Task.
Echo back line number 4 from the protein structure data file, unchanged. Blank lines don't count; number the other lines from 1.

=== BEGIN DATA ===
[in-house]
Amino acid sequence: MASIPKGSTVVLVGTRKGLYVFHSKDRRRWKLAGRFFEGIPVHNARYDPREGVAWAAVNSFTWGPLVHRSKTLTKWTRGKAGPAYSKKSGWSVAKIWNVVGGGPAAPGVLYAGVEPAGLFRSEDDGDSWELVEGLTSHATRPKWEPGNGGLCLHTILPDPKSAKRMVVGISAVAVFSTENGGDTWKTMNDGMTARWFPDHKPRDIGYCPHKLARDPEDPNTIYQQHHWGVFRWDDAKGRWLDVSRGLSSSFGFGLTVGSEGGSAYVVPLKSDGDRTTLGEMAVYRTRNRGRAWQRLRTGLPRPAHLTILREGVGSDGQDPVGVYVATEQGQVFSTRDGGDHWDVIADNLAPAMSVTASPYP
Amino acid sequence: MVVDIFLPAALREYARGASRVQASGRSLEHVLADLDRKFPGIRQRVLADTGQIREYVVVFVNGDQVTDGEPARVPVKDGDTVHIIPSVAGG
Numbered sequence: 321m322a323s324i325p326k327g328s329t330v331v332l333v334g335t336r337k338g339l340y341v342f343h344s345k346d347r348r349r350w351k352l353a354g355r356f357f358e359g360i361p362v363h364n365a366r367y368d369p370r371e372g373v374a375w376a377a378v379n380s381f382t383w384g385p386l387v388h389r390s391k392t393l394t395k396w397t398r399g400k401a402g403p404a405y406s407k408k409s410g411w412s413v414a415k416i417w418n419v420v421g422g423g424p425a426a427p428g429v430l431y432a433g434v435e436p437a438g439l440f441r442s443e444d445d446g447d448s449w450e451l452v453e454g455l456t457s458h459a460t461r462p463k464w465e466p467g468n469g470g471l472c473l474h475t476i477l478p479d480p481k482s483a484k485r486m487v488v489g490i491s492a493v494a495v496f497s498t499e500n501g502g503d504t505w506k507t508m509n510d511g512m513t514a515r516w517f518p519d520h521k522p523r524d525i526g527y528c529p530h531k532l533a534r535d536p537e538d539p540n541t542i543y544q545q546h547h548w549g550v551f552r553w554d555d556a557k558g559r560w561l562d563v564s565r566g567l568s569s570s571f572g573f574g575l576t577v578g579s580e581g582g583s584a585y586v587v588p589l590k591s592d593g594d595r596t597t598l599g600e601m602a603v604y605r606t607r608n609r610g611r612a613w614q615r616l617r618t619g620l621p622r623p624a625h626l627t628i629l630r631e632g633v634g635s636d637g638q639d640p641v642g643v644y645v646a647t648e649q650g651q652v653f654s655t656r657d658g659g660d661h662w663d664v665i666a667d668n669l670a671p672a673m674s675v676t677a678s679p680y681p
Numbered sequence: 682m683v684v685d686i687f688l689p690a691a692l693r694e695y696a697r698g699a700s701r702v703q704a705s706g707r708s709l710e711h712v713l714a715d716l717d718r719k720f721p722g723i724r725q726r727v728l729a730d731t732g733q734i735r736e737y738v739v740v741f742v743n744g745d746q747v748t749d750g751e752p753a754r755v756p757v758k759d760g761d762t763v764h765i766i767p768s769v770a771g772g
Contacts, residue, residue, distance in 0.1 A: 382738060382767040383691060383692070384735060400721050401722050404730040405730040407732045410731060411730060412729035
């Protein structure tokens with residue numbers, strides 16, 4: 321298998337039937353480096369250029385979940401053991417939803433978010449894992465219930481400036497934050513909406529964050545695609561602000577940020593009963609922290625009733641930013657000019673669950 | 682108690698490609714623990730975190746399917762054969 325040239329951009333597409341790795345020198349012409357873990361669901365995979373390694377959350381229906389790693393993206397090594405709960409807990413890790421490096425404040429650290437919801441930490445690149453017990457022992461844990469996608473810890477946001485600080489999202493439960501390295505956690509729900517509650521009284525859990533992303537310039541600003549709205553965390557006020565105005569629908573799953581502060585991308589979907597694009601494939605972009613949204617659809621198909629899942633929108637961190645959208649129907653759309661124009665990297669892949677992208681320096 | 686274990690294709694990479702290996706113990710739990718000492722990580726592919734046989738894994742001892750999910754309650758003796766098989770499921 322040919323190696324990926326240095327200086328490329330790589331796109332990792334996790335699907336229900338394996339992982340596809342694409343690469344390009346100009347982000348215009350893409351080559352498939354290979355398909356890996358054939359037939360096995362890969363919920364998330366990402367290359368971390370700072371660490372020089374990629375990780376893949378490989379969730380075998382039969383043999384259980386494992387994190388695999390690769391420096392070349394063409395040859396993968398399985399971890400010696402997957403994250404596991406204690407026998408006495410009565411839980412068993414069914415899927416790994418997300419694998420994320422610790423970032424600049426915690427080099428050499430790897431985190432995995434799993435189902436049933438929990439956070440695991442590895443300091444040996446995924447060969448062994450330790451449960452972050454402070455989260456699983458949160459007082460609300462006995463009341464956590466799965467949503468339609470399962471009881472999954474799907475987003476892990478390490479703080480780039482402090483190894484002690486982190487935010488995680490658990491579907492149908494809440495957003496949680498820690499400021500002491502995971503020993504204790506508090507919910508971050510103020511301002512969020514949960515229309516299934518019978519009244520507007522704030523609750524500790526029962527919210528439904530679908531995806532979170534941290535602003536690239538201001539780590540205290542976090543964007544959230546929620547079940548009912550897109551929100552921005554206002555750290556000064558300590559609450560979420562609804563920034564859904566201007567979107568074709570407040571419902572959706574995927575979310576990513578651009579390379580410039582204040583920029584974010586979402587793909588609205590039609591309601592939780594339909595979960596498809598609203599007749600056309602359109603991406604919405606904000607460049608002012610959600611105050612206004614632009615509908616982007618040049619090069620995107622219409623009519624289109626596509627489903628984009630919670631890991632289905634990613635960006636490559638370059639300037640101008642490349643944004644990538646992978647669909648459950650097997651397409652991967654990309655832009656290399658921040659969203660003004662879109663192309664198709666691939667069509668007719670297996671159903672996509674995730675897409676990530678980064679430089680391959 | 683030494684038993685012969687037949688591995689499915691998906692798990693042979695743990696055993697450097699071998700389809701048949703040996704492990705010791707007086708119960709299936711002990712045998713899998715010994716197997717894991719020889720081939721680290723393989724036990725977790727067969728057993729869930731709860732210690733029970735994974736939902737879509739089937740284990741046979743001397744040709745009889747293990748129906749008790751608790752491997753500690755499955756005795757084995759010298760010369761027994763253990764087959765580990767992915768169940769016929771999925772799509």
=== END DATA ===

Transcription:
Numbered sequence: 321m322a323s324i325p326k327g328s329t330v331v332l333v334g335t336r337k338g339l340y341v342f343h344s345k346d347r348r349r350w351k352l353a354g355r356f357f358e359g360i361p362v363h364n365a366r367y368d369p370r371e372g373v374a375w376a377a378v379n380s381f382t383w384g385p386l387v388h389r390s391k392t393l394t395k396w397t398r399g400k401a402g403p404a405y406s407k408k409s410g411w412s413v414a415k416i417w418n419v420v421g422g423g424p425a426a427p428g429v430l431y432a433g434v435e436p437a438g439l440f441r442s443e444d445d446g447d448s449w450e451l452v453e454g455l456t457s458h459a460t461r462p463k464w465e466p467g468n469g470g471l472c473l474h475t476i477l478p479d480p481k482s483a484k485r486m487v488v489g490i491s492a493v494a495v496f497s498t499e500n501g502g503d504t505w506k507t508m509n510d511g512m513t514a515r516w517f518p519d520h521k522p523r524d525i526g527y528c529p530h531k532l533a534r535d536p537e538d539p540n541t542i543y544q545q546h547h548w549g550v551f552r553w554d555d556a557k558g559r560w561l562d563v564s565r566g567l568s569s570s571f572g573f574g575l576t577v578g579s580e581g582g583s584a585y586v587v588p589l590k591s592d593g594d595r596t597t598l599g600e601m602a603v604y605r606t607r608n609r610g611r612a613w614q615r616l617r618t619g620l621p622r623p624a625h626l627t628i629l630r631e632g633v634g635s636d637g638q639d640p641v642g643v644y645v646a647t648e649q650g651q652v653f654s655t656r657d658g659g660d661h662w663d664v665i666a667d668n669l670a671p672a673m674s675v676t677a678s679p680y681p